‘Very unfair:’ North End restaurateurs will have to pay extra to host outdoor dining — and some are not happy

Restaurants in Boston's Little Italy neighborhood are facing a $7,500 fee this year, should they want to be able to offer outdoor dining.

Seating for restaurants and cafes use both sides of Hanover Street on June 12, 2020, in the North End. AP Photo/Michael Dwyer
Outdoor Dining

City Hall is attempting to offset the impact of the crowds that have stormed the North End to eat outdoors in recent years by charging a $7,500 fee for restaurant owners who want to offer outside table service this year.

The move is an outlier in Boston, as restaurants in other neighborhoods will be subject to no such fee.

But city officials told restaurateurs on Thursday night they consider the payments necessary to address the “immediate impacts” the city’s outdoor dining pilot program has on the North End specifically, where narrow streets have created traffic and parking problems and other woes for residents in years past.


John Romano, the city’s deputy director for the Office of Neighborhood Services, said the funds collected will help offset issues ranging from trash displacement and rodents to traffic jams. The amount reflects costs determined by officials, and the new fee is the city’s response to concerns repeatedly voiced by people in the neighborhood, he said during a virtual meeting.

The charge will be in addition to the fees restaurants who have participated in the program in years past have also paid to help offset the loss of street parking.

“This is what it will cost to opt into this program for the North End because it is a program (that) impacts the neighborhood unlike any other neighborhood across the board,” Romano said. “We have seen that for the past two years, and we have also seen that that impact has not gone away as things have reopened.”

According to Ciara D’Amico, the city’s neighborhood liaison for the North End, money brought in by the one-time charge will be spent solely on programs for the neighborhood.

A committee of community members and local elected officials will advise how the money is used, she said. The city has already brainstormed a couple of possible ideas such as a new street sweeper, among other services, D’Amico said.

‘It should be reconsidered’: Restaurants question new fee

The plan was met with some initial pushback from restaurant owners, including from Carla Gomes, owner of Antico Forno and Terramia.


Gomes said she believes the meals tax the city already receives from restaurants should cover the cost of neighborhood services and that the additional fee is “discriminatory.”

She pointed out restaurants are already charged $450 to $500 per each parking space they take up with tables and chairs.

“I don’t think it’s fair,” Gomes said of the new fee. “And I think it should be reconsidered because it’s a lot of money.”

Gomes understands the program first started as a temporary initiative to help restaurants recoup their losses suffered during the early days of the COVID-19 pandemic shutdowns, she said.

But to now be charged extra to participate feels unfair, she said.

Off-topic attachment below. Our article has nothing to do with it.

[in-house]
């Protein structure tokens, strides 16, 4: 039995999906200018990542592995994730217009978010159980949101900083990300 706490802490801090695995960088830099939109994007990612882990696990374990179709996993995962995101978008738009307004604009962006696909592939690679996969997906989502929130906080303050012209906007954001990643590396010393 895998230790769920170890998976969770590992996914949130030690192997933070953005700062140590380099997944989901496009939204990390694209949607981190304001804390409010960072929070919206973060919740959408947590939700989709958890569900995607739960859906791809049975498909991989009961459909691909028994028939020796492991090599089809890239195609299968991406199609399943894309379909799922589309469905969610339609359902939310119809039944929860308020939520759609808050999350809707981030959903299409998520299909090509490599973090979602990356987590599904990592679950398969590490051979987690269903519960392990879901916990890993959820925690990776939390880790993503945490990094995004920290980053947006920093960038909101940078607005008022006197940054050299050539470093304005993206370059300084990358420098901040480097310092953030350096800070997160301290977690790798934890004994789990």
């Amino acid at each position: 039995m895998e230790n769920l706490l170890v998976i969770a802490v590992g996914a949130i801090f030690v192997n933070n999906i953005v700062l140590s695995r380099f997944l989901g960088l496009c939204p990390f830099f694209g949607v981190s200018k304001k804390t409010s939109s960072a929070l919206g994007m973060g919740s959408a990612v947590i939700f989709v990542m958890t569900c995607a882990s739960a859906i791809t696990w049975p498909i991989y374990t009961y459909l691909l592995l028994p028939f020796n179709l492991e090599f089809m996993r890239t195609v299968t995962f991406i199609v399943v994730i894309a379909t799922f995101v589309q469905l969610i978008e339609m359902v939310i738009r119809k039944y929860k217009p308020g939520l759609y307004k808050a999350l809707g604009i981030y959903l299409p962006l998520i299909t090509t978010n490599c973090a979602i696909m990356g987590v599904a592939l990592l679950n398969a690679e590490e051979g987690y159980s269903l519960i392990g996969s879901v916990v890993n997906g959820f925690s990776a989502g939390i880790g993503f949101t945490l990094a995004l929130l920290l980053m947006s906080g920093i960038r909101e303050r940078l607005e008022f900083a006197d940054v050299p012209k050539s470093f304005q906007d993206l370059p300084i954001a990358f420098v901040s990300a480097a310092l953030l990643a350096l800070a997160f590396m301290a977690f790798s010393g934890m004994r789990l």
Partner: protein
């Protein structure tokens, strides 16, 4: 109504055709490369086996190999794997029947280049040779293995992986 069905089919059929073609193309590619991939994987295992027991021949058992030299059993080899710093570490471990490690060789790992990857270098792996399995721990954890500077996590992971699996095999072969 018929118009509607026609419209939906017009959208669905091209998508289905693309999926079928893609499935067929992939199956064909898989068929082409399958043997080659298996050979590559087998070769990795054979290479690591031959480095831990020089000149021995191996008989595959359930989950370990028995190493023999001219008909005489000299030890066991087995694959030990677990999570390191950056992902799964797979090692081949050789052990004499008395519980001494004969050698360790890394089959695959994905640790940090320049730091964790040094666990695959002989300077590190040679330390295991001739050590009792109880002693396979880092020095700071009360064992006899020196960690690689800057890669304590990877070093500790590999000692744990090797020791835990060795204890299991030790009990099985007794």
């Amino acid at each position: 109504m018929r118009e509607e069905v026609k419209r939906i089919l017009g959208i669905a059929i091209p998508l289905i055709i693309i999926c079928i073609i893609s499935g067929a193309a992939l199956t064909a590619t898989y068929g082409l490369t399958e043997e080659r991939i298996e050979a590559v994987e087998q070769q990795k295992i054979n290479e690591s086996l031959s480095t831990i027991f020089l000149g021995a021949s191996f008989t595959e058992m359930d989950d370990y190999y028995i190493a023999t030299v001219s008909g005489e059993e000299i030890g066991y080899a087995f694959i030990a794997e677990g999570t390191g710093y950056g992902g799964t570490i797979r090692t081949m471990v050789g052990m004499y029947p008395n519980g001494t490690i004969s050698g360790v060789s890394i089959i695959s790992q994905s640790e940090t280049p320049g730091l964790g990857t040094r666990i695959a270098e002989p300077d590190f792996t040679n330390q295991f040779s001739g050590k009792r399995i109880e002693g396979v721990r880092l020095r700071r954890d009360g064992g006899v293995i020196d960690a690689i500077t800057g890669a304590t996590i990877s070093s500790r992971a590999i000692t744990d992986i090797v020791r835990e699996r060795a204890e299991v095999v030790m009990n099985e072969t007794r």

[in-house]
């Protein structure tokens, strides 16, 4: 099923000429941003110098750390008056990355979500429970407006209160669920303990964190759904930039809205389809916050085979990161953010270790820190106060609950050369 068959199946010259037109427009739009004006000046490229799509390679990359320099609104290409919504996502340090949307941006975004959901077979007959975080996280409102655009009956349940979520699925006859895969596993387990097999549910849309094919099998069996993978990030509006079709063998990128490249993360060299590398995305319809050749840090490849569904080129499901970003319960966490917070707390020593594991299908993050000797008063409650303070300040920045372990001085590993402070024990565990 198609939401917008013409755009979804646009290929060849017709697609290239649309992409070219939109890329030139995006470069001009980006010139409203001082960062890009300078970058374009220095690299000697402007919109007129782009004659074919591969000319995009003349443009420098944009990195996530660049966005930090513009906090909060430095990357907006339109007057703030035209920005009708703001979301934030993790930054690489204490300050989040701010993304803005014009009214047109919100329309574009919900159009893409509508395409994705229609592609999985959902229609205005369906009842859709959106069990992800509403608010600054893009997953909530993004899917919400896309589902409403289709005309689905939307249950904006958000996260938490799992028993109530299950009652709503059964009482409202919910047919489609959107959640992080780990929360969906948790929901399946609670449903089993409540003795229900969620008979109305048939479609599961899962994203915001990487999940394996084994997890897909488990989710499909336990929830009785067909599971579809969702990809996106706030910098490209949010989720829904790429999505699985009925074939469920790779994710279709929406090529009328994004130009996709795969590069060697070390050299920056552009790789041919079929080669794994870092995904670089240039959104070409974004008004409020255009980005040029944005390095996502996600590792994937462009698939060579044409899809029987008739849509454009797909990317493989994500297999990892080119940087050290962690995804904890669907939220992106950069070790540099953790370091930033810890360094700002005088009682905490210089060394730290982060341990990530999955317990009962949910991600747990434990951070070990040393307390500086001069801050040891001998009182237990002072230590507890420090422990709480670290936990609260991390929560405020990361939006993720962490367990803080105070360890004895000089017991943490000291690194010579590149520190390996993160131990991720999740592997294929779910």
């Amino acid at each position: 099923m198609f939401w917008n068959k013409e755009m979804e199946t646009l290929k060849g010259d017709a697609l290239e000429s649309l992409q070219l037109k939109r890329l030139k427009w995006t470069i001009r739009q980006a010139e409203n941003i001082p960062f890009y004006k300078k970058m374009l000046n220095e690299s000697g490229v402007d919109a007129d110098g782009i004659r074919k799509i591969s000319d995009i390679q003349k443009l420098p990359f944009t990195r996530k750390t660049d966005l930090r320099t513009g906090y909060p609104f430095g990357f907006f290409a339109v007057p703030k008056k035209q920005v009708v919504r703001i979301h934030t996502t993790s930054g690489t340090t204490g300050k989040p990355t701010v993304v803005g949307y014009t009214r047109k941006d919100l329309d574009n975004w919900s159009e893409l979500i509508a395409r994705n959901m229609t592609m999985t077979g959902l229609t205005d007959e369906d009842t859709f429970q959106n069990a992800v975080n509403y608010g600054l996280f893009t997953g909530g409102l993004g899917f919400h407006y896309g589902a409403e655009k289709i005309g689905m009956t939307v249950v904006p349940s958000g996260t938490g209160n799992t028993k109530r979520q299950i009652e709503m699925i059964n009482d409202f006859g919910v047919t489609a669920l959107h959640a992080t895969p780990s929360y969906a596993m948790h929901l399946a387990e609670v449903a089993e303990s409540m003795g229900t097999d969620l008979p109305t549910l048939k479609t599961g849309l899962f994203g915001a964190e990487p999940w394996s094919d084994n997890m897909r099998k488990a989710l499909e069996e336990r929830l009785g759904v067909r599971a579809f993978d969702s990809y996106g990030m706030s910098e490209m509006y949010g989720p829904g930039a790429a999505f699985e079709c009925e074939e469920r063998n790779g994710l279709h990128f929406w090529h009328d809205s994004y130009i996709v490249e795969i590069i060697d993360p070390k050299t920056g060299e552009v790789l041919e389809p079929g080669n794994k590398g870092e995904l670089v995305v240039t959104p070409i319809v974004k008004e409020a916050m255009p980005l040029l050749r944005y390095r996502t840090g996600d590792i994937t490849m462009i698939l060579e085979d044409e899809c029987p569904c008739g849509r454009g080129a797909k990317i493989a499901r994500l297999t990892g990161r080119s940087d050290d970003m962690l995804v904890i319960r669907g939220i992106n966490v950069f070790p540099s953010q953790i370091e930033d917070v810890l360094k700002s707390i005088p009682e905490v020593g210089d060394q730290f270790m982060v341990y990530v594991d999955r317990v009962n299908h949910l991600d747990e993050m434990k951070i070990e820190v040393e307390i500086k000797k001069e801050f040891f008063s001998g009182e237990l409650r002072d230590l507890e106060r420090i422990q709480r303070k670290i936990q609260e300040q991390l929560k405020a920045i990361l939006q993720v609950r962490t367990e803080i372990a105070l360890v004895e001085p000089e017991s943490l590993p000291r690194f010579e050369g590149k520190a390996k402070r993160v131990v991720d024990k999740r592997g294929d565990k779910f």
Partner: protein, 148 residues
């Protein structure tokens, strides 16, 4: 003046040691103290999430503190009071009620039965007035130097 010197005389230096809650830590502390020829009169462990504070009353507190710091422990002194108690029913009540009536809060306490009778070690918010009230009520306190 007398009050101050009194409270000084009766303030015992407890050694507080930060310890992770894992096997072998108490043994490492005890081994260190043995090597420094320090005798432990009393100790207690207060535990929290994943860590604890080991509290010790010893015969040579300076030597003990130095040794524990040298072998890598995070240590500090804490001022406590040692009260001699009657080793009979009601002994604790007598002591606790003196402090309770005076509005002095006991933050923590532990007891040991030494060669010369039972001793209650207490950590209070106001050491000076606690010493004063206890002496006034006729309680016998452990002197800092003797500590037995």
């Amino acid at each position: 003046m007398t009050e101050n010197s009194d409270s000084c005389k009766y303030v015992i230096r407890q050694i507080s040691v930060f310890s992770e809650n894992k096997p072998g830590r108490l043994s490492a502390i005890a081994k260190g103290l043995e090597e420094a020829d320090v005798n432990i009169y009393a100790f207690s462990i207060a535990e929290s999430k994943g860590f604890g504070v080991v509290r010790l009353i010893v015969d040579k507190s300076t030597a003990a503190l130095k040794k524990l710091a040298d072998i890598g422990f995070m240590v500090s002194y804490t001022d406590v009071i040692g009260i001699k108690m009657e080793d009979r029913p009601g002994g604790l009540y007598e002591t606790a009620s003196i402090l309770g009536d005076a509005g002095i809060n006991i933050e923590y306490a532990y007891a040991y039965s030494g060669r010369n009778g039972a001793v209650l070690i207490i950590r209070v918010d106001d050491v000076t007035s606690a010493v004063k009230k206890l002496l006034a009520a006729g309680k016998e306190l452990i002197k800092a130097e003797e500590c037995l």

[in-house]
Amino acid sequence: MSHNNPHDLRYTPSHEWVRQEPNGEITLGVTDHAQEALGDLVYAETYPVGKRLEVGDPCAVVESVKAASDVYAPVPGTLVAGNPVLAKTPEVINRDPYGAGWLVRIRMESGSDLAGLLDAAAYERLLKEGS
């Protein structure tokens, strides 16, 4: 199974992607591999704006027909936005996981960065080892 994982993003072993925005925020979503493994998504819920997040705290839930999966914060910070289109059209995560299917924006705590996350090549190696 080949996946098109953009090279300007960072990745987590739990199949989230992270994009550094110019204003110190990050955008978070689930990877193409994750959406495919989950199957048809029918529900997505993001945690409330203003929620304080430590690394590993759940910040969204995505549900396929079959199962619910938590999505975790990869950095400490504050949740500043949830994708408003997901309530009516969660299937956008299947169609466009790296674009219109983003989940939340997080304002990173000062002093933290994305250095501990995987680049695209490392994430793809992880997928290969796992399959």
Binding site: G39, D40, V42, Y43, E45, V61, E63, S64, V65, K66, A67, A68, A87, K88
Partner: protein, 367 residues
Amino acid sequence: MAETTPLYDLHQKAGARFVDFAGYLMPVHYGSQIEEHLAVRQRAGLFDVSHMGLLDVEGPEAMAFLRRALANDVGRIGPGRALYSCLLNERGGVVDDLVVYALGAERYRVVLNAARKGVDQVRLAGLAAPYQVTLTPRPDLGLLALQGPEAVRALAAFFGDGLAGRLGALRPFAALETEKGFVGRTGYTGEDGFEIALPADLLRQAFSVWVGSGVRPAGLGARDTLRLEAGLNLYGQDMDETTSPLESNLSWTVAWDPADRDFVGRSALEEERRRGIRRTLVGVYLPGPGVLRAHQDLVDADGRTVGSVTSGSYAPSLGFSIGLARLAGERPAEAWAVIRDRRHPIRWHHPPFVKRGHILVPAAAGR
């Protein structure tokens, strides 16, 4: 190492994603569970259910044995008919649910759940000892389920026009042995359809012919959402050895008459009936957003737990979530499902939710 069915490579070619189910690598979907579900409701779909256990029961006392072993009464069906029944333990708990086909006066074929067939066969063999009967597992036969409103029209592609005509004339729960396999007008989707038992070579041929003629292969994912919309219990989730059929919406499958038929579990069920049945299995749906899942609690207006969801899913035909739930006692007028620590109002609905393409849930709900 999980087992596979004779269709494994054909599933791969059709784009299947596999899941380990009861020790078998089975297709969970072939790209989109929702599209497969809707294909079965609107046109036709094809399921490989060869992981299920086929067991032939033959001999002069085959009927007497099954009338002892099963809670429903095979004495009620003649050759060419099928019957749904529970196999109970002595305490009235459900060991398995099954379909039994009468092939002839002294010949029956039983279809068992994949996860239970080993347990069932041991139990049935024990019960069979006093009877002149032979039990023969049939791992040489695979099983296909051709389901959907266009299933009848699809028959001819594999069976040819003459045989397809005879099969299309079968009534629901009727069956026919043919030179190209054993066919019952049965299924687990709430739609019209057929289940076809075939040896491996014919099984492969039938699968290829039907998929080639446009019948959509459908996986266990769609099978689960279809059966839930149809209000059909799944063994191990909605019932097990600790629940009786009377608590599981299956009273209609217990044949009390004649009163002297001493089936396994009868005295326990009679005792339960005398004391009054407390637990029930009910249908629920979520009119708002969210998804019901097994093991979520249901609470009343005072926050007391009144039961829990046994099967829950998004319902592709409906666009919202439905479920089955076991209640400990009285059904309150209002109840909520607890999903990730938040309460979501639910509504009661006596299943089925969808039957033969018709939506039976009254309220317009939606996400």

“That $7,500 is very unfair for all these restaurants that have been put through so much these last two years, when we were all considered non-essential businesses and were shut down,” Gomes said. “And I don’t agree with it.”

Philip Frattaroli, owner of Caffé Ducali and Ristorante Lucia, said participating in outdoor dining may be “cost-prohibitive now with this extra amount.”

Frattaroli, who said he was discussing the fee with other owners via text message on Thursday night, asked whether it was possible for restaurants who make charitable donations to local causes to deduct those payments from the $7,500 fee, along with the amount establishments pay in meal tax.


“Ducali is a pizzeria. Our outdoor patio is very small — $7,500 might mean that we can’t even do it,” Frattaroli said. “So as good neighbors, we give back to the community. This is something that’s benefitting the city in terms of tax revenue, so we think that there should be some sort of reduction in terms of what we’re being billed.”

Romano said he would take the suggestion under consideration.

Other changes to expect in the North End

The new fee, however, is not the only change the North End will see this year as outdoor dining starts up again.

Outdoor dining in the North End will have a shorter season than other neighborhoods.

The program will launch on May 1, instead of the April 1 start date in other areas. Romano said the program will wrap up on Sept. 5 for “bad actors,” while restaurants who comply with city regulations can have the potential to continue outside operations until Sept. 30, although that’s still well before the end for the rest of the city’s eateries in December.

And the new end date is also well before North End restaurants packed up their tables and chairs last year, on Nov. 1 — one month before the rest of the city.

Outdoor dining operating hours are also being scaled back by a half hour citywide. Restaurants are expected to close their outside areas between 9:30 and 10 p.m. Sunday through Thursday and between 10:30 and 11 p.m. on Friday and Saturday, Romano said.

Additionally, this year the city has deals with two parking garages to accommodate street parking knocked out by tables and chairs in an effort to provide a “one-to-one” ratio, Romano said.


Hanover Street will also experience a new traffic flow. Beginning May 1, the lively street will become a one-way thoroughfare between the Parmenter and Richmond streets intersection and Cross Street, officials said. Traffic will only be able to exit the North End on that part of Hanover Street.


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